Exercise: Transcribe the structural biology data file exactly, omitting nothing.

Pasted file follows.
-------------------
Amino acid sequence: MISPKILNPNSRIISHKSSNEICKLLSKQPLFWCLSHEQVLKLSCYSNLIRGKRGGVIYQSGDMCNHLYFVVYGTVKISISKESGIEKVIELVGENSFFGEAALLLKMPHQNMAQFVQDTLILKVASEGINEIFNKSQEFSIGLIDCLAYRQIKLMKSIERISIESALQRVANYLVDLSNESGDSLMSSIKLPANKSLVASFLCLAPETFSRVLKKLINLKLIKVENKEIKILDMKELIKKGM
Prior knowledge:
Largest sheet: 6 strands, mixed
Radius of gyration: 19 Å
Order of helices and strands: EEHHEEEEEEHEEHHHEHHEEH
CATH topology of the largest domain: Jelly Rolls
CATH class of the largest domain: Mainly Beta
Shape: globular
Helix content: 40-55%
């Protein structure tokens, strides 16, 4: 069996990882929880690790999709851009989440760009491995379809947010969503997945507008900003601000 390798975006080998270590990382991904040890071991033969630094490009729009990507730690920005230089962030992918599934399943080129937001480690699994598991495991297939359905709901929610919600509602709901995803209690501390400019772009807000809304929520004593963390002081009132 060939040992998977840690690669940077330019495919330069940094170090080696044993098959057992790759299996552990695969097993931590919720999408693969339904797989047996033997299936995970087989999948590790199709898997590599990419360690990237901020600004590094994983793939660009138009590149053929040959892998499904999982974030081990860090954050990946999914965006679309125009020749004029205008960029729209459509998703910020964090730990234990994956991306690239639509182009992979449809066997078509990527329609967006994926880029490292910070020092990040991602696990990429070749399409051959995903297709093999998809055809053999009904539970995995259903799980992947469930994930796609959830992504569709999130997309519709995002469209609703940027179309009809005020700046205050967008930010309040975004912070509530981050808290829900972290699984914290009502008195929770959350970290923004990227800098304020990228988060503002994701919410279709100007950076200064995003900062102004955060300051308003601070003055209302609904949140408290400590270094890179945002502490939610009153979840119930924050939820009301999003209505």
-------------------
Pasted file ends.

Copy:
Amino acid sequence: MISPKILNPNSRIISHKSSNEICKLLSKQPLFWCLSHEQVLKLSCYSNLIRGKRGGVIYQSGDMCNHLYFVVYGTVKISISKESGIEKVIELVGENSFFGEAALLLKMPHQNMAQFVQDTLILKVASEGINEIFNKSQEFSIGLIDCLAYRQIKLMKSIERISIESALQRVANYLVDLSNESGDSLMSSIKLPANKSLVASFLCLAPETFSRVLKKLINLKLIKVENKEIKILDMKELIKKGM
Prior knowledge:
Largest sheet: 6 strands, mixed
Radius of gyration: 19 Å
Order of helices and strands: EEHHEEEEEEHEEHHHEHHEEH
CATH topology of the largest domain: Jelly Rolls
CATH class of the largest domain: Mainly Beta
Shape: globular
Helix content: 40-55%
């Protein structure tokens, strides 16, 4: 069996990882929880690790999709851009989440760009491995379809947010969503997945507008900003601000 390798975006080998270590990382991904040890071991033969630094490009729009990507730690920005230089962030992918599934399943080129937001480690699994598991495991297939359905709901929610919600509602709901995803209690501390400019772009807000809304929520004593963390002081009132 060939040992998977840690690669940077330019495919330069940094170090080696044993098959057992790759299996552990695969097993931590919720999408693969339904797989047996033997299936995970087989999948590790199709898997590599990419360690990237901020600004590094994983793939660009138009590149053929040959892998499904999982974030081990860090954050990946999914965006679309125009020749004029205008960029729209459509998703910020964090730990234990994956991306690239639509182009992979449809066997078509990527329609967006994926880029490292910070020092990040991602696990990429070749399409051959995903297709093999998809055809053999009904539970995995259903799980992947469930994930796609959830992504569709999130997309519709995002469209609703940027179309009809005020700046205050967008930010309040975004912070509530981050808290829900972290699984914290009502008195929770959350970290923004990227800098304020990228988060503002994701919410279709100007950076200064995003900062102004955060300051308003601070003055209302609904949140408290400590270094890179945002502490939610009153979840119930924050939820009301999003209505």